Honest observers must reluctantly conclude that the adage is wrong. American politics does not, in fact, stop at the water’s edge. It never has, and maybe it shouldn’t. Though it may be commonplace, American political actors who contradict the president in the conduct of their own foreign policy should be judged on the policies they are advocating. In the case of Iran, those who seek to convince the mullahs and their representatives that repressive theocracy and a terroristic foreign policy are dead-ends are advancing the interests not just of the United States but all mankind. Those who provide this hopelessly backward autocracy with the hope that America’s resolve is fleeting are, as John Kerry might say, on “the wrong side of history.”
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Michael Wolff is its Marquis de Sade. Released on January 5, 2018, Wolff’s Fire and Fury became a template for authors eager to satiate the growing demand for unverified stories of Trump at his worst. Wolff filled his pages with tales of the president’s ignorant rants, his raging emotions, his television addiction, his fast-food diet, his unfamiliarity with and contempt for Beltway conventions and manners. Wolff made shocking insinuations about Trump’s mental state, not to mention his relationship with UN ambassador Nikki Haley. Wolff’s Trump is nothing more than a knave, dunce, and commedia dell’arte villain. The hero of his saga is, bizarrely, Steve Bannon, who in Wolff’s telling recognized Trump’s inadequacies, manipulated him to advance a nationalist-populist agenda, and tried to block his worst impulses.
Wolff’s sources are anonymous. That did not slow down the press from calling his accusations “mind-blowing” (Mashable.com), “wild” (Variety), and “bizarre” (Entertainment Weekly). Unlike most pornographers, he had a lesson in mind. He wanted to demonstrate Trump’s unfitness for office. “The story that I’ve told seems to present this presidency in such a way that it says that he can’t do this job, the emperor has no clothes,” Wolff told the BBC. “And suddenly everywhere people are going, ‘Oh, my God, it’s true—he has no clothes.’ That’s the background to the perception and the understanding that will finally end this, that will end this presidency.”
Nothing excites the Resistance more than the prospect of Trump leaving office before the end of his term. Hence the most stirring examples of Resistance Porn take the president’s all-too-real weaknesses and eccentricities and imbue them with apocalyptic significance. In what would become the standard response to accusations of Trumpian perfidy, reviewers of Fire and Fury were less interested in the truth of Wolff’s assertions than in the fact that his argument confirmed their preexisting biases.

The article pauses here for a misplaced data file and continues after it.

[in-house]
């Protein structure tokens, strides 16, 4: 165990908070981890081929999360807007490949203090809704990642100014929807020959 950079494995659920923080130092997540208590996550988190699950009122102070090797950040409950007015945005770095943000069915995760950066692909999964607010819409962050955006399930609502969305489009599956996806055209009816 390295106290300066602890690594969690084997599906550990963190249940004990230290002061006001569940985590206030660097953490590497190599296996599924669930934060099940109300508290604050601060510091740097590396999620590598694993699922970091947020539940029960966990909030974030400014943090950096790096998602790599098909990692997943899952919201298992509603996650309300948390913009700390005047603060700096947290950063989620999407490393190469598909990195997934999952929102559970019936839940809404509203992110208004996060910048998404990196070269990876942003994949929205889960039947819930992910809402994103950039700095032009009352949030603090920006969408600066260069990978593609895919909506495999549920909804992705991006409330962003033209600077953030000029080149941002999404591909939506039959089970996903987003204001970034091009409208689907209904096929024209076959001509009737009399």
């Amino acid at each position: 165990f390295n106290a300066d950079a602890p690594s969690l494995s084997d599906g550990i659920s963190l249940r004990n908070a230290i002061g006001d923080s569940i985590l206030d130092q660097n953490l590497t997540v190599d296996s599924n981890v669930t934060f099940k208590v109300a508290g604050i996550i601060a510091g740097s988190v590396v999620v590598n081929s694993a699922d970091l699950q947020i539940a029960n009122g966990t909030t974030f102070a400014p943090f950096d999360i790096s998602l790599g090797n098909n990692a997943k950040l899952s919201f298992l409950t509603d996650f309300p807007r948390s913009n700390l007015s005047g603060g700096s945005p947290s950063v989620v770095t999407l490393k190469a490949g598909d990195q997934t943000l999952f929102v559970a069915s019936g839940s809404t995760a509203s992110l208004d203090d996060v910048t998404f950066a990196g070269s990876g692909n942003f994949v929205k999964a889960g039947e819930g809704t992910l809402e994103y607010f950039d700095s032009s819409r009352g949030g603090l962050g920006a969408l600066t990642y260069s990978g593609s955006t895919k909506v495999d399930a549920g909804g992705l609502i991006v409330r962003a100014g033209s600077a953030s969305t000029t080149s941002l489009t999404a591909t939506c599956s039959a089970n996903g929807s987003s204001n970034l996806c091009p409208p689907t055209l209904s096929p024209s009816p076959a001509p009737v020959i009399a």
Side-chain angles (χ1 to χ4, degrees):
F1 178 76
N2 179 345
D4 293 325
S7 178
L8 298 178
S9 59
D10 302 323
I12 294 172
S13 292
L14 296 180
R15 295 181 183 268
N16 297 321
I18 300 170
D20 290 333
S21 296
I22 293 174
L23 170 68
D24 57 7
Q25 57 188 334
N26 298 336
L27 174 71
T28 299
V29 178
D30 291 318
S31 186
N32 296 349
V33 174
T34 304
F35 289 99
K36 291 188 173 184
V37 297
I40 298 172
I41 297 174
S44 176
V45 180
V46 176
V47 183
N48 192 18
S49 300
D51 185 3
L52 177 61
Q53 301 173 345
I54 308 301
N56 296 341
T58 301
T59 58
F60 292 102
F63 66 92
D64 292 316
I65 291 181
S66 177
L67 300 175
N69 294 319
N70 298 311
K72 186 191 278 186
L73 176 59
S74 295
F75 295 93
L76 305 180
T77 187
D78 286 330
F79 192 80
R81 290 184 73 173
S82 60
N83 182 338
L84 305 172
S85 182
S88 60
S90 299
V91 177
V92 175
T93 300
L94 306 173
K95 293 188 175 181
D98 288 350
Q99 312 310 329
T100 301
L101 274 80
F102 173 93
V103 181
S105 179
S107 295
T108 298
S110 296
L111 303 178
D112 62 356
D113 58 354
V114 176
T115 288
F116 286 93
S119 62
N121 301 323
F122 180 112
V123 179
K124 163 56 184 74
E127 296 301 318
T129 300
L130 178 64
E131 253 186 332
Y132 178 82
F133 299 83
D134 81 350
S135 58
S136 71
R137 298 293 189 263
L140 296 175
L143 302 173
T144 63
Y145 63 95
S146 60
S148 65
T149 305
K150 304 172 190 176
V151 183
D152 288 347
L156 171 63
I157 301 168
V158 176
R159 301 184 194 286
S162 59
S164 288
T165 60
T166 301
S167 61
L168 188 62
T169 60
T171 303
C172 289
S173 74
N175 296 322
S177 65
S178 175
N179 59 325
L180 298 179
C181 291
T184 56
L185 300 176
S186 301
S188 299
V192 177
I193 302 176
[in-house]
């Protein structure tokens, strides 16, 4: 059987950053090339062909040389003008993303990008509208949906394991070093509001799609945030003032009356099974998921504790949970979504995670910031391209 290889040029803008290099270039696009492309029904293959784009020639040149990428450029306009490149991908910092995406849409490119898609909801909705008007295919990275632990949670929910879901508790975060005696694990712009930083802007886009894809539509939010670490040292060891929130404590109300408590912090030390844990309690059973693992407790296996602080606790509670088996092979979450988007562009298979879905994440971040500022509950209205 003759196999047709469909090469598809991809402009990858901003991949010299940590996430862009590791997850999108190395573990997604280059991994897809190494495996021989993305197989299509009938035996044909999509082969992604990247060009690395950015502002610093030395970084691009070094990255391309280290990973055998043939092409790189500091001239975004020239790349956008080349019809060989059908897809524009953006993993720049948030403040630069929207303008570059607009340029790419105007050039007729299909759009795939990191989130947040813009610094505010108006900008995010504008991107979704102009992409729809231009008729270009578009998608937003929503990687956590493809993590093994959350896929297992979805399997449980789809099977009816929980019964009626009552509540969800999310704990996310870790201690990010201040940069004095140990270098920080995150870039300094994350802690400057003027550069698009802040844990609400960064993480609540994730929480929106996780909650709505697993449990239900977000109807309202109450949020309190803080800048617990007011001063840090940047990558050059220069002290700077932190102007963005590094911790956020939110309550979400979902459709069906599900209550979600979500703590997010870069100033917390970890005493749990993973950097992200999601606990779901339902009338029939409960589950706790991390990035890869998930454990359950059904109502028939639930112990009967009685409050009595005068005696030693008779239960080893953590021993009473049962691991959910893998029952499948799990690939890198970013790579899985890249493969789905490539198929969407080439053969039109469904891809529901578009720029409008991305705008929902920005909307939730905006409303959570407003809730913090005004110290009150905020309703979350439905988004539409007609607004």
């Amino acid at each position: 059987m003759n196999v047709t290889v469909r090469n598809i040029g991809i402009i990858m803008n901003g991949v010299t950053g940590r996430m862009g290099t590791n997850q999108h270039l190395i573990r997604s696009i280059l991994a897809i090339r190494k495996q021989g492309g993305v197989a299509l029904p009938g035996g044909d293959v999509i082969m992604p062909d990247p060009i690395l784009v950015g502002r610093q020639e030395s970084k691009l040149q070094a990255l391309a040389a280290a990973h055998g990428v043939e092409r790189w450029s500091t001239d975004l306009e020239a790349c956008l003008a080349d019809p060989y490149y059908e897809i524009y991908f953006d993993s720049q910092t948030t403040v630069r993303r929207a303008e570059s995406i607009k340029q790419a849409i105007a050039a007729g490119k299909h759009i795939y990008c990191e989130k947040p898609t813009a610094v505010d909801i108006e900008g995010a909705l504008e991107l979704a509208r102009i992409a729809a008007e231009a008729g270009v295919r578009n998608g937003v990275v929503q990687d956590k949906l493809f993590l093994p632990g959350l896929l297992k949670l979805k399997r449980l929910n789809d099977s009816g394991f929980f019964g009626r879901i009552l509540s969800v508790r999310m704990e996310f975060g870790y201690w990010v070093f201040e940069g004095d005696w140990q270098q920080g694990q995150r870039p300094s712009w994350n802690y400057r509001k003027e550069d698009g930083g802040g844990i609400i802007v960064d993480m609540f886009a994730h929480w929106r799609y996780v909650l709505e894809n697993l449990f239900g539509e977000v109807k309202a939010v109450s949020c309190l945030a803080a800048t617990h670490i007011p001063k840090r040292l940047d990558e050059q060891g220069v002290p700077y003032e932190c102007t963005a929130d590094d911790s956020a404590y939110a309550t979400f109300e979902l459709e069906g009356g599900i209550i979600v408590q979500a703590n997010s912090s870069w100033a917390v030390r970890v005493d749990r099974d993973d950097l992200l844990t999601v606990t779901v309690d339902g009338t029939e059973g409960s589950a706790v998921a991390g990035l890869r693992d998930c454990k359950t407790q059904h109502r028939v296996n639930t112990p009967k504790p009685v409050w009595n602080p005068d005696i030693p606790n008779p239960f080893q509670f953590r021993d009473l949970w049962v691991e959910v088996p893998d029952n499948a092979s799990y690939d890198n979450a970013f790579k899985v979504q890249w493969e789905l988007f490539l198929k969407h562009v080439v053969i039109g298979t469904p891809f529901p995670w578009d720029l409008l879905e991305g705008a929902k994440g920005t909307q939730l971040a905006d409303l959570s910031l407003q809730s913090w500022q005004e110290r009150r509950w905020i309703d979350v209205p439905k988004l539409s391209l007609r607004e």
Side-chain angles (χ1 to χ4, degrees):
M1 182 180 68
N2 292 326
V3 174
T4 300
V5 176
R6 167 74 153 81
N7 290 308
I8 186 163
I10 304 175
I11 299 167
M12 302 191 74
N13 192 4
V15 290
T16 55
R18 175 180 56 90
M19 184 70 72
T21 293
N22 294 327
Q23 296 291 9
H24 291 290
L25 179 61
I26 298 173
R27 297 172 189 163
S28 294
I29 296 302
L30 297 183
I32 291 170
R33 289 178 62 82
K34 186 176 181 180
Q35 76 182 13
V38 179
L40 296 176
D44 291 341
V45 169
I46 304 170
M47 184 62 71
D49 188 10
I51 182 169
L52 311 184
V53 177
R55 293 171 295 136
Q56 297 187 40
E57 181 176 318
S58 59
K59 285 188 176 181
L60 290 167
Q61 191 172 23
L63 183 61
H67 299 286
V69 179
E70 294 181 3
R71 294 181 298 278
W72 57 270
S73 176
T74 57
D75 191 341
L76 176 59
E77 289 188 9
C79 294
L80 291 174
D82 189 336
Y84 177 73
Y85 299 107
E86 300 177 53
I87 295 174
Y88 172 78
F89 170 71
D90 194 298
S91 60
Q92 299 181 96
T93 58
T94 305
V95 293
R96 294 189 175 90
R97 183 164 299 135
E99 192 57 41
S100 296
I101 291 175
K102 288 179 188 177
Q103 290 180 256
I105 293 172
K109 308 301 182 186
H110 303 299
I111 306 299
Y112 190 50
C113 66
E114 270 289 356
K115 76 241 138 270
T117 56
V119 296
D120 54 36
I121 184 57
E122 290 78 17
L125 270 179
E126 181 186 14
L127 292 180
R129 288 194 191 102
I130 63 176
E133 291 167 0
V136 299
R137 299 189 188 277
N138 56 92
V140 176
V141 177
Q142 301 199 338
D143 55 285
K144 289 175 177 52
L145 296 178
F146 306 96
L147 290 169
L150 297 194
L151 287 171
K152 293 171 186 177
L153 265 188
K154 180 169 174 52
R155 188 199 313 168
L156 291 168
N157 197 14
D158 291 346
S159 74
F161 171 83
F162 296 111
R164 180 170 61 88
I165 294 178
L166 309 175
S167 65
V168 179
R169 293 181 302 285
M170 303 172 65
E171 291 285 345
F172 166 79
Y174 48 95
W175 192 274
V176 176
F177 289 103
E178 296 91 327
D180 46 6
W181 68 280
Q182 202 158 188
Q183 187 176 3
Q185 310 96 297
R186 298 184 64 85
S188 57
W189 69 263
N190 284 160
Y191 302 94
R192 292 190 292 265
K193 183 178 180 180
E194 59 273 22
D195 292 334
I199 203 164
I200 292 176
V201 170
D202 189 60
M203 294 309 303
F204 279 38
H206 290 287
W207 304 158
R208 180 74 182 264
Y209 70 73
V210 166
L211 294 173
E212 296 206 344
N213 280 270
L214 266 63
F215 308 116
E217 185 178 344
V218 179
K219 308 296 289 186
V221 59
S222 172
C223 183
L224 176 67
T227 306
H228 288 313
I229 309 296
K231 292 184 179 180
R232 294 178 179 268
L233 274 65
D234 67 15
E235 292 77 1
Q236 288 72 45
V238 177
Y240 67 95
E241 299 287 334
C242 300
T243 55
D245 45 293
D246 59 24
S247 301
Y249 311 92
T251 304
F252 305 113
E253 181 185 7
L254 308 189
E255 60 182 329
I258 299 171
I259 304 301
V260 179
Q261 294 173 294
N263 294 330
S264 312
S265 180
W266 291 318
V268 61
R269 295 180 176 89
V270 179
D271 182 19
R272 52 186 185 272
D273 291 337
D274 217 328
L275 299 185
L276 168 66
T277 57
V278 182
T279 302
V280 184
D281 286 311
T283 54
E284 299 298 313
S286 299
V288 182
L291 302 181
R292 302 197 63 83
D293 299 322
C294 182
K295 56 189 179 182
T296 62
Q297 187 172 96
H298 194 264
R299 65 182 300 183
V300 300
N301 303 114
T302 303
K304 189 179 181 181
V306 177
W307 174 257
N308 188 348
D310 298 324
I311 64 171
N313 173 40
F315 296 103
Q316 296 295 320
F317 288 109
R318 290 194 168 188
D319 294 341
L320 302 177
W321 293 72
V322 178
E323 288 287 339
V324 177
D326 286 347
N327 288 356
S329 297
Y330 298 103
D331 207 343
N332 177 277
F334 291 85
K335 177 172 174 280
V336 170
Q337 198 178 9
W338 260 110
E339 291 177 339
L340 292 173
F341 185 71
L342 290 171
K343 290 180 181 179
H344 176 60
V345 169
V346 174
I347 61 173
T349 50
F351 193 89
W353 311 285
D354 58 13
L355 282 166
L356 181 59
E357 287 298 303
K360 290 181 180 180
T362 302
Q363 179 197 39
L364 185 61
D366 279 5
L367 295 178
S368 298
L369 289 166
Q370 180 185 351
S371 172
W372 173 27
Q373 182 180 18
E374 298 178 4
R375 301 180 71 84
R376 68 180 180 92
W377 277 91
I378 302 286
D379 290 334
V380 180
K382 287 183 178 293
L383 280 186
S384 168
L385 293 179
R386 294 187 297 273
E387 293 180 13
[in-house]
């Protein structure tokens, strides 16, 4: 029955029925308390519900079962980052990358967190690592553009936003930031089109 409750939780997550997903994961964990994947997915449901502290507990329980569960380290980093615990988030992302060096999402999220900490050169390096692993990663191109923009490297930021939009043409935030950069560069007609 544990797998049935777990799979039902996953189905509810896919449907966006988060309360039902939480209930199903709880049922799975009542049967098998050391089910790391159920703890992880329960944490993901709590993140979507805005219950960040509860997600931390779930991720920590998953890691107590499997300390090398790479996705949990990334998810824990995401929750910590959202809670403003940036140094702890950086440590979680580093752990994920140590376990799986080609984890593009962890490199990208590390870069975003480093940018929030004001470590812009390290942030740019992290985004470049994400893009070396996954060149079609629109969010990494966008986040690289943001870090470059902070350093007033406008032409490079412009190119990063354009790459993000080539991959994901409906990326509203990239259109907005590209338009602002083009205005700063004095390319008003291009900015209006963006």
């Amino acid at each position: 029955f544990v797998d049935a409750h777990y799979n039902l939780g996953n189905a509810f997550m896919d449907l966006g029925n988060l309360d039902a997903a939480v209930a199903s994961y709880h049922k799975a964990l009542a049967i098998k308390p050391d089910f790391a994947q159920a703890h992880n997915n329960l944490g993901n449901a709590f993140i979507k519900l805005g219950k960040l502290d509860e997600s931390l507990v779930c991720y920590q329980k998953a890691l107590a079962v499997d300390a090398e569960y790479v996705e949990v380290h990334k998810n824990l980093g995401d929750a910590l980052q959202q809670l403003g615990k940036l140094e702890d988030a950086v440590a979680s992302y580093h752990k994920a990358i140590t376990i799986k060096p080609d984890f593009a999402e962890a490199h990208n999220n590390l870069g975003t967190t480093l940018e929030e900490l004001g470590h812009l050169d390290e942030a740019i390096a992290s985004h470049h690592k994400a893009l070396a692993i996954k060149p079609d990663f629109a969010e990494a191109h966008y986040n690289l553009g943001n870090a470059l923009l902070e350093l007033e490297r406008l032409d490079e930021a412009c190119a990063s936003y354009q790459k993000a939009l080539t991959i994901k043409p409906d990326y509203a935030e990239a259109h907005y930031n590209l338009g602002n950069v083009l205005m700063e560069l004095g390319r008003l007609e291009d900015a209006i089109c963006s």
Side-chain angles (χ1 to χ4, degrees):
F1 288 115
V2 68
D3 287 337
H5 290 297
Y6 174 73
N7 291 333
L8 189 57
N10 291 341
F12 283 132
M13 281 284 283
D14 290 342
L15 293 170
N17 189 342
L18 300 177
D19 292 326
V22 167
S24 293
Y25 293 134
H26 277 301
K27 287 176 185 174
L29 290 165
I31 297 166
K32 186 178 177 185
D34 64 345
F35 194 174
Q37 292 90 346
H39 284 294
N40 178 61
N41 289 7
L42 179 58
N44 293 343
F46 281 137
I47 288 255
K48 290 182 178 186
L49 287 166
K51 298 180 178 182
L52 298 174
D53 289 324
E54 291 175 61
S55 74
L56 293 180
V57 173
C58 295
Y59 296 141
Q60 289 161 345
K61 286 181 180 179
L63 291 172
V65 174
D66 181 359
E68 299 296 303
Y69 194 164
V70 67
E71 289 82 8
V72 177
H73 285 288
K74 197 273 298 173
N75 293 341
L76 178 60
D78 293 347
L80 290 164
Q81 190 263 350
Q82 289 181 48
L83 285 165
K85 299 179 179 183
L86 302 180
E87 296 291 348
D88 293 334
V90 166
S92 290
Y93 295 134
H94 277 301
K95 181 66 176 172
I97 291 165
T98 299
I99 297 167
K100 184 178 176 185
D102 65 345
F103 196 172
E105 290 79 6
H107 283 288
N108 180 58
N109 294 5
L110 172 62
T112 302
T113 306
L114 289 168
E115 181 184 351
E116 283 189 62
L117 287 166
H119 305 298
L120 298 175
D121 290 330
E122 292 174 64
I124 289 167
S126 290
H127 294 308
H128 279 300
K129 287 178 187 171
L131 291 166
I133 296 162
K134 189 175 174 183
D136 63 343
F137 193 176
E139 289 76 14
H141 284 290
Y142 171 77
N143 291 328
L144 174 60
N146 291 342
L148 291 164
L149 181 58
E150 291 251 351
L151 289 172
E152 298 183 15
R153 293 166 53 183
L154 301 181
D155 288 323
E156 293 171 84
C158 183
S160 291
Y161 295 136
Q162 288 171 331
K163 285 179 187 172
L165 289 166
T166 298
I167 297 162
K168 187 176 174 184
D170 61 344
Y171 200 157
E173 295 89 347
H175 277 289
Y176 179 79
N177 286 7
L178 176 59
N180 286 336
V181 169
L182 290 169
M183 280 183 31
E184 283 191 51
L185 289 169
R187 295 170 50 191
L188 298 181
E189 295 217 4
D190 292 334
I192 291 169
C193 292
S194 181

Saying he agreed with President Trump that the book is “fiction,” the Guardian’s critic didn’t “doubt its overall veracity.” It was, he said, “what Mailer and Capote once called a nonfiction novel.” Writing in the Atlantic, Adam Kirsch asked: “No wonder, then, Wolff has written a self-conscious, untrustworthy, postmodern White House book. How else, he might argue, can you write about a group as self-conscious, untrustworthy, and postmodern as this crew?” Complaining in the New Yorker, Masha Gessen said Wolff broke no new ground: “Everybody” knew that the “president of the United States is a deranged liar who surrounded himself with sycophants. He is also functionally illiterate and intellectually unsound.” Remind me never to get on Gessen’s bad side.
What Fire and Fury lacked in journalistic ethics, it made up in receipts. By the third week of its release, Wolff’s book had sold more than 1.7 million copies. His talent for spinning second- and third-hand accounts of the president’s oddity and depravity into bestselling prose was unmistakable. Imitators were sure to follow, especially after Wolff alienated himself from the mainstream media by defending his innuendos about Haley.
It was during the first week of September that Resistance Porn became a competitive industry. On the afternoon of September 4, the first tidbits from Bob Woodward’s Fear appeared in the Washington Post, along with a recording of an 11-minute phone call between Trump and the white knight of Watergate. The opposition began panting soon after. Woodward, who like Wolff relies on anonymous sources, “paints a harrowing portrait” of the Trump White House, reported the Post.
No one looks good in Woodward’s telling other than former economics adviser Gary Cohn and—again bizarrely—the former White House staff secretary who was forced to resign after his two ex-wives accused him of domestic violence. The depiction of chaos, backstabbing, and mutual contempt between the president and high-level advisers who don’t much care for either his agenda or his personality was not so different from Wolff’s. What gave it added heft was Woodward’s status, his inviolable reputation.
“Nothing in Bob Woodward’s sober and grainy new book…is especially surprising,” wrote Dwight Garner at the New York Times. That was the point. The audience for Wolff and Woodward does not want to be surprised. Fear is not a book that will change minds. Nor is it intended to be. “Bob Woodward’s peek behind the Trump curtain is 100 percent as terrifying as we feared,” read a CNN headline. “President Trump is unfit for office. Bob Woodward’s ‘Fear’ confirms it,” read an op-ed headline in the Post. “There’s Always a New Low for the Trump White House,” said the Atlantic. “Amazingly,” wrote Susan Glasser in the New Yorker, “it is no longer big news when the occupant of the Oval Office is shown to be callous, ignorant, nasty, and untruthful.” How could it be, when the press has emphasized nothing but these aspects of Trump for the last three years?